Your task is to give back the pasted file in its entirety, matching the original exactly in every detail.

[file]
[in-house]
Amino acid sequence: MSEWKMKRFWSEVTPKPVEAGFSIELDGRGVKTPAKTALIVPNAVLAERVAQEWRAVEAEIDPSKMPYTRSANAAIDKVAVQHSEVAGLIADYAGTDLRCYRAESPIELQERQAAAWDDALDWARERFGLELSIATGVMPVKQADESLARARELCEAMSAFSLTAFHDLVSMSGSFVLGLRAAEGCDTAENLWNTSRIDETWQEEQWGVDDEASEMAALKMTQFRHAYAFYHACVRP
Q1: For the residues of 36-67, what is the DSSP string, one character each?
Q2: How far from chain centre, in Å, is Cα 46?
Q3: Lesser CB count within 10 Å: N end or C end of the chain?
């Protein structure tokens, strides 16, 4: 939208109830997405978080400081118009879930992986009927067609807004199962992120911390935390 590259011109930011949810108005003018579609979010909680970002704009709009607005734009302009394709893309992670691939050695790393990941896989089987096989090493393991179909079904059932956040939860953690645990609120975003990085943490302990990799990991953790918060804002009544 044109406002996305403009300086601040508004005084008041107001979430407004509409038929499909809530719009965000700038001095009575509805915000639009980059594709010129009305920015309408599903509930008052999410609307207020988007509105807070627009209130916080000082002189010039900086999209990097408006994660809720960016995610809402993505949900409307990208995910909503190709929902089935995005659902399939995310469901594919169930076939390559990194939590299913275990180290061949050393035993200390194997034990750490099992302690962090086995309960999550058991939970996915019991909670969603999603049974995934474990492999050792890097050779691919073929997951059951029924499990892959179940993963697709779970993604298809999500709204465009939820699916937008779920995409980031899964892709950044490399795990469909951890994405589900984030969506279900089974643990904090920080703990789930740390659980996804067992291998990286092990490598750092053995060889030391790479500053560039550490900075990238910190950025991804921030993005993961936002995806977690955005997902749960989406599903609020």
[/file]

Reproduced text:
[in-house]
Amino acid sequence: MSEWKMKRFWSEVTPKPVEAGFSIELDGRGVKTPAKTALIVPNAVLAERVAQEWRAVEAEIDPSKMPYTRSANAAIDKVAVQHSEVAGLIADYAGTDLRCYRAESPIELQERQAAAWDDALDWARERFGLELSIATGVMPVKQADESLARARELCEAMSAFSLTAFHDLVSMSGSFVLGLRAAEGCDTAENLWNTSRIDETWQEEQWGVDDEASEMAALKMTQFRHAYAFYHACVRP
Q1: For the residues of 36-67, what is the DSSP string, one character each?
Q2: How far from chain centre, in Å, is Cα 46?
Q3: Lesser CB count within 10 Å: N end or C end of the chain?
């Protein structure tokens, strides 16, 4: 939208109830997405978080400081118009879930992986009927067609807004199962992120911390935390 590259011109930011949810108005003018579609979010909680970002704009709009607005734009302009394709893309992670691939050695790393990941896989089987096989090493393991179909079904059932956040939860953690645990609120975003990085943490302990990799990991953790918060804002009544 044109406002996305403009300086601040508004005084008041107001979430407004509409038929499909809530719009965000700038001095009575509805915000639009980059594709010129009305920015309408599903509930008052999410609307207020988007509105807070627009209130916080000082002189010039900086999209990097408006994660809720960016995610809402993505949900409307990208995910909503190709929902089935995005659902399939995310469901594919169930076939390559990194939590299913275990180290061949050393035993200390194997034990750490099992302690962090086995309960999550058991939970996915019991909670969603999603049974995934474990492999050792890097050779691919073929997951059951029924499990892959179940993963697709779970993604298809999500709204465009939820699916937008779920995409980031899964892709950044490399795990469909951890994405589900984030969506279900089974643990904090920080703990789930740390659980996804067992291998990286092990490598750092053995060889030391790479500053560039550490900075990238910190950025991804921030993005993961936002995806977690955005997902749960989406599903609020």